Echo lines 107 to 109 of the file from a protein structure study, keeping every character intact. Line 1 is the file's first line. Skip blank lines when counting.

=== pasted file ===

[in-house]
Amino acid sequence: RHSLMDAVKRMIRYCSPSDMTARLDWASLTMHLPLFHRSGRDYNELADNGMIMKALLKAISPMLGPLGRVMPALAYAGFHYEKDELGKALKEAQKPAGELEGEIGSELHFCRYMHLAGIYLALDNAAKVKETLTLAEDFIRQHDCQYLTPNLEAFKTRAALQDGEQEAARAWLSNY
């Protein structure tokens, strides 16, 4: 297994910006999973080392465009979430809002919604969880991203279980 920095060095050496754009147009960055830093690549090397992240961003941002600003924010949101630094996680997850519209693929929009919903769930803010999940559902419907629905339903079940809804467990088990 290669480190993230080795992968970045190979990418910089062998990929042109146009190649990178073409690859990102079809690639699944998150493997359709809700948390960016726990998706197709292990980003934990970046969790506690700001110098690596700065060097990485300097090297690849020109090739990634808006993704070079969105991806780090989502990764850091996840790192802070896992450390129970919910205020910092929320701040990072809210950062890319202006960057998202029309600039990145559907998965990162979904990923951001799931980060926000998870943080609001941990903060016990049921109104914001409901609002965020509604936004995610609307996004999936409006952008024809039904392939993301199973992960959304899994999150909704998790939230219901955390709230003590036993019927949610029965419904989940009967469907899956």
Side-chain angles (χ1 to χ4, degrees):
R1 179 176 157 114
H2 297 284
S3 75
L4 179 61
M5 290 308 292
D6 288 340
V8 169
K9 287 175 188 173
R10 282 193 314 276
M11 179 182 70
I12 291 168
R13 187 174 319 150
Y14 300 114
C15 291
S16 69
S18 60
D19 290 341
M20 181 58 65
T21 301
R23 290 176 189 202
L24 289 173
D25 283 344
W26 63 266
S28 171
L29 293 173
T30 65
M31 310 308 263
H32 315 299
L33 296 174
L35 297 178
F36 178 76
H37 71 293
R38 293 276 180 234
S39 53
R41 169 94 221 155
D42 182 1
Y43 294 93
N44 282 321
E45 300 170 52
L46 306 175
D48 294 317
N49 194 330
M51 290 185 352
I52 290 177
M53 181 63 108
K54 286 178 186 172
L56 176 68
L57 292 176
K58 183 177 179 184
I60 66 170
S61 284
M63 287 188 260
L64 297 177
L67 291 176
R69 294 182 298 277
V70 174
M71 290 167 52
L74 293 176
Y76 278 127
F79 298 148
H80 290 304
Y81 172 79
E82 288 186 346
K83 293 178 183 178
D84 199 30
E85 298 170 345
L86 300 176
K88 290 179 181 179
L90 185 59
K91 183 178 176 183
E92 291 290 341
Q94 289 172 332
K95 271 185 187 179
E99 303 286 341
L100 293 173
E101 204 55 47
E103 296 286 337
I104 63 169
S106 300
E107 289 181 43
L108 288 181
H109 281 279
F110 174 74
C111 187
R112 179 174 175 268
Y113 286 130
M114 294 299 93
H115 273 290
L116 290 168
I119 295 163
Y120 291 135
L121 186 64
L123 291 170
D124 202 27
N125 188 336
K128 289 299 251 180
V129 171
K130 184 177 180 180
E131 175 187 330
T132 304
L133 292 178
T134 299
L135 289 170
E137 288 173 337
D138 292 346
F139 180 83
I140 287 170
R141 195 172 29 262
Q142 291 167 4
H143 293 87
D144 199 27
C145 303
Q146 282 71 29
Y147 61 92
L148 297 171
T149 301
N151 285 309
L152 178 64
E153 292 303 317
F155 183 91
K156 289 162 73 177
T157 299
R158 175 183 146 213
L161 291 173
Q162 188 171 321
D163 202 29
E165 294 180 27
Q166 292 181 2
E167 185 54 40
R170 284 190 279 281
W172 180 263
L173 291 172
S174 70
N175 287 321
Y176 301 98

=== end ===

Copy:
L135 289 170
E137 288 173 337
D138 292 346